Australian for church gay panel

Sydney, Australia - The international Anglican panel to deal with disputes over homosexuality that have racked the church will include a powerful Australian conservative.

The Archbishop of Canterbury, Rowan Williams, will today name Robert Tong, chairman of the influential evangelical lobby group Anglican Church League, on the 13-member panel, to be chaired by former Australian Anglican leader Peter Carnley.

Mr Tong, a Sydney solicitor and close friend of Sydney Archbishop Peter Jensen, took a combative stance yesterday, saying that although Dr Carnley had given interviews suggesting how the panel would operate, the panel itself would decide that when it met.

He agreed that his appointment was a significant concession by Dr Williams to evangelicals, who oppose gay priests and gay marriage.

Mr Tong is a member of the national canon law commission, a member of Sydney's standing committee, chairman of the Sydney church's property trust and secretary of its theological college committee.

The church faced schism last year after the United States church appointed an openly gay bishop and the Canadian church began blessing same-sex unions, prompting conservative African, Asian and South American churches to threaten to withdraw from the worldwide body.

Dr Williams bought the church more time through the Windsor report, published in October, and the response of the primates (national leaders) to it in February. That response included setting up this panel to protect parishes in dispute with their bishops or bishops in dispute with their national authority - mostly conservatives under the oversight of liberals.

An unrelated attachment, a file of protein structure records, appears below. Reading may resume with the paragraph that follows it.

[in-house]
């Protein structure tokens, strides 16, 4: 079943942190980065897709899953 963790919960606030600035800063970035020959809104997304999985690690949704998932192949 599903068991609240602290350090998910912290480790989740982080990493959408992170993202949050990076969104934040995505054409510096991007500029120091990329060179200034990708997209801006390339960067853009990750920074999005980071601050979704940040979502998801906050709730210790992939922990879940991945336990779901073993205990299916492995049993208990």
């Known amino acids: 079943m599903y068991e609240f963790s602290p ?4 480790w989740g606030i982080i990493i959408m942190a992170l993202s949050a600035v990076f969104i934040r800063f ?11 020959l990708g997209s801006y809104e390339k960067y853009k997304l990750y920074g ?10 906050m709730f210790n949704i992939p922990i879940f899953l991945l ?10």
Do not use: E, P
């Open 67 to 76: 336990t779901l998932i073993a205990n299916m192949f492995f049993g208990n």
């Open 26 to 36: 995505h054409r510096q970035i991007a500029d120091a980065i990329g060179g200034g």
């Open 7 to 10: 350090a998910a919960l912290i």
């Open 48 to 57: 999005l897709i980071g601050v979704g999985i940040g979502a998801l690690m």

It will deal only with matters referred by Dr Williams, who is believed to have received up to 70 complaints already.

Mr Tong said he was surprised to be invited. "I've no idea how my name dribbled to the top."

Mr Tong agreed that his appointment was a significant concession to evangelicals."

He said the panel should be as transparent as possible, including majority and minority reports, which would be unusual for Anglicans.

A spokeswoman for Dr Carnley, who resigned as Australian primate and archbishop of Perth two weeks ago, said that he had not yet been told who was on the panel and could not comment.

Dr Williams has taken care to include conservatives, liberals and theologians regarded as middle of the road. The panel has four bishops and two women.

Besides the two Australians there are representatives from Africa, Asia, South America and England. There is one North American, Claude Payne, the former bishop of Texas.